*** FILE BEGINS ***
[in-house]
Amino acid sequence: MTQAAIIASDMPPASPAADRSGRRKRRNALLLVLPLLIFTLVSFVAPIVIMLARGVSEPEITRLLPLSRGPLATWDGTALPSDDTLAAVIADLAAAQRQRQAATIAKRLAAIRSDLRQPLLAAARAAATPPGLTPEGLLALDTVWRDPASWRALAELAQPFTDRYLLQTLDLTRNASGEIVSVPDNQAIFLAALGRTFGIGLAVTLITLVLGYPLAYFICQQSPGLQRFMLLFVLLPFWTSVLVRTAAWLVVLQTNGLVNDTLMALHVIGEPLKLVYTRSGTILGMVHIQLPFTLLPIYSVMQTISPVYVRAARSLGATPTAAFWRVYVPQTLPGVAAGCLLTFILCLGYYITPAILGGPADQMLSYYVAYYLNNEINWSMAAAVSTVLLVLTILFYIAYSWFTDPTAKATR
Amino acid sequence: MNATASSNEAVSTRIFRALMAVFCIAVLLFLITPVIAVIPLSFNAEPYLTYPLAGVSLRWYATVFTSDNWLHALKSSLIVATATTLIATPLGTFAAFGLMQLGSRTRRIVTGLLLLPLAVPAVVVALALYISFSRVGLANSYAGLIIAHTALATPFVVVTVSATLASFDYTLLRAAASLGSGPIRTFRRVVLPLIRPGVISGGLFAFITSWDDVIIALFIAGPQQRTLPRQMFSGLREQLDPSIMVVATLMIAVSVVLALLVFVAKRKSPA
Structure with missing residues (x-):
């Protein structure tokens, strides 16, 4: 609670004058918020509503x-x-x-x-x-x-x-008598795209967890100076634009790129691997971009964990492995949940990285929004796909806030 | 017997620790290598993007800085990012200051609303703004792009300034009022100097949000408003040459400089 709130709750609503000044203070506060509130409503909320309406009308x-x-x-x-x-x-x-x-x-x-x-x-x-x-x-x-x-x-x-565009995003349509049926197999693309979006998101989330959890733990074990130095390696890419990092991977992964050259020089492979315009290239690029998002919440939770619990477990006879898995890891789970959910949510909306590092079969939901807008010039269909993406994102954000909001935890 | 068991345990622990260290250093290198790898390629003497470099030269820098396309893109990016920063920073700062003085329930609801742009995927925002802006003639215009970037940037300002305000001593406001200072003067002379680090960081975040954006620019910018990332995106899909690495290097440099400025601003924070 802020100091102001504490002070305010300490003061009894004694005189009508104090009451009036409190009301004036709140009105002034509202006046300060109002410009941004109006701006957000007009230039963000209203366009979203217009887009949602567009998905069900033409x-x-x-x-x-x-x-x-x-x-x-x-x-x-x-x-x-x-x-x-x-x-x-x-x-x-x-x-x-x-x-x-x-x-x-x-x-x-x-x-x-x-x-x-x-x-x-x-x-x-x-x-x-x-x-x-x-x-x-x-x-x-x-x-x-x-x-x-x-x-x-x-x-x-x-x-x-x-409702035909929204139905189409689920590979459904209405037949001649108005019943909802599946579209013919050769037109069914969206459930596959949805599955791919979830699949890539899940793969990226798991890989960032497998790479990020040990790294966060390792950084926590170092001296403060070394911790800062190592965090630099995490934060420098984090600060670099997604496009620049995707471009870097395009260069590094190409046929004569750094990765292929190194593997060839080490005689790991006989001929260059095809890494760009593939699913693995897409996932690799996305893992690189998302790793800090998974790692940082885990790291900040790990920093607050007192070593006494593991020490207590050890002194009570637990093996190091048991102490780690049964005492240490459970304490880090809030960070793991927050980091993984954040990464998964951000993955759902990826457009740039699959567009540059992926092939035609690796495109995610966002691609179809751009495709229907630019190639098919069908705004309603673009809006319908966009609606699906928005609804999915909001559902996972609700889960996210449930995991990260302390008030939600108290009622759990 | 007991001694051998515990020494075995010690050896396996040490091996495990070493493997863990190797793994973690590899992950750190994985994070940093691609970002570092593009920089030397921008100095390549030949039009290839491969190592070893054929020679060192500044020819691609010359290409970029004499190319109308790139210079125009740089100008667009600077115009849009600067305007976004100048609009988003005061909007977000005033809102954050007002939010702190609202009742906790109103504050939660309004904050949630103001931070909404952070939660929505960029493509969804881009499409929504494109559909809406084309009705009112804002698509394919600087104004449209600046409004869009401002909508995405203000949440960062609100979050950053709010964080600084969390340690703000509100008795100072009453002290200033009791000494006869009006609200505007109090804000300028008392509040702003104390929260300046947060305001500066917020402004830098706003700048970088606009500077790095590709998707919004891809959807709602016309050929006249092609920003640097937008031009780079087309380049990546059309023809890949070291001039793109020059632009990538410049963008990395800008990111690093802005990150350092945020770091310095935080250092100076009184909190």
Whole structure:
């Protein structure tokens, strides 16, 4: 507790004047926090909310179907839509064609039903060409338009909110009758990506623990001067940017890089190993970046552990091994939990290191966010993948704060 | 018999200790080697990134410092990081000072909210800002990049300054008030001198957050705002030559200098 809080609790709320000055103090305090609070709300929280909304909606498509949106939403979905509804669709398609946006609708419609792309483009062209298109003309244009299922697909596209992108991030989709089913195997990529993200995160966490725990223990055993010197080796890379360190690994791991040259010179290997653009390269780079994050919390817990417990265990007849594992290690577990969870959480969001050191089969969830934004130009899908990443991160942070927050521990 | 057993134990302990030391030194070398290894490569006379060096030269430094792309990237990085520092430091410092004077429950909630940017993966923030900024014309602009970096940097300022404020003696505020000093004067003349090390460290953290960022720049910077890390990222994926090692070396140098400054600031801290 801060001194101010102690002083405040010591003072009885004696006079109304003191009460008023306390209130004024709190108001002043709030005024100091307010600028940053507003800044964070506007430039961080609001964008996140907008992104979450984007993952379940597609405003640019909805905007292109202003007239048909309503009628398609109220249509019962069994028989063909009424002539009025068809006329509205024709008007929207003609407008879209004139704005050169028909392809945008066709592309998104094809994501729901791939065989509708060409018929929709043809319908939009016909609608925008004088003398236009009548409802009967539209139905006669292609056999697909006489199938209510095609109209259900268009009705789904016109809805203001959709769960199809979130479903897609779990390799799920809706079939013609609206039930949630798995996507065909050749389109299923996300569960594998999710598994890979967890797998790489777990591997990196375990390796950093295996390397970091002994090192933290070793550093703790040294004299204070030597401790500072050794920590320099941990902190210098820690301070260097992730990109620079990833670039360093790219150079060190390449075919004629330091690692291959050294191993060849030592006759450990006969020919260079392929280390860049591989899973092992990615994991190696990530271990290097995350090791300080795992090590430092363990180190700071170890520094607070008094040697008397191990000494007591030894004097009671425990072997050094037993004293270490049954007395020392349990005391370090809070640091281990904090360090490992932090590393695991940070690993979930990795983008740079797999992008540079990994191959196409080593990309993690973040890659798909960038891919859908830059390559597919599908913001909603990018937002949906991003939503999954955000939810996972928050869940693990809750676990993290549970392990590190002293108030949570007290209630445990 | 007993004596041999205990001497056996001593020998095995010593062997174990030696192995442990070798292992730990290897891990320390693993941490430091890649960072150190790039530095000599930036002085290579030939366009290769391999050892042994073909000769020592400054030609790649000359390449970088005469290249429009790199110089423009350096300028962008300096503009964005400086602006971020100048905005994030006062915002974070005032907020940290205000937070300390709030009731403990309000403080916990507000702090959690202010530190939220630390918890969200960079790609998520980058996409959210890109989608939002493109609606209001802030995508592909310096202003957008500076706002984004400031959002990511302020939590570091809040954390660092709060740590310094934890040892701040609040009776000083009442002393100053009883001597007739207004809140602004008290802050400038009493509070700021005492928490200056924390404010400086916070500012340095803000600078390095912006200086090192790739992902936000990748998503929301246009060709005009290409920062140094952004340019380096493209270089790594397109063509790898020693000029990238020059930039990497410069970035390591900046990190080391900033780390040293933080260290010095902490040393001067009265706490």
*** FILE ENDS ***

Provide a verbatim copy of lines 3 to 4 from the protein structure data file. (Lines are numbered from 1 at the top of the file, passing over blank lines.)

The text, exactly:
Amino acid sequence: MNATASSNEAVSTRIFRALMAVFCIAVLLFLITPVIAVIPLSFNAEPYLTYPLAGVSLRWYATVFTSDNWLHALKSSLIVATATTLIATPLGTFAAFGLMQLGSRTRRIVTGLLLLPLAVPAVVVALALYISFSRVGLANSYAGLIIAHTALATPFVVVTVSATLASFDYTLLRAAASLGSGPIRTFRRVVLPLIRPGVISGGLFAFITSWDDVIIALFIAGPQQRTLPRQMFSGLREQLDPSIMVVATLMIAVSVVLALLVFVAKRKSPA
Structure with missing residues (x-):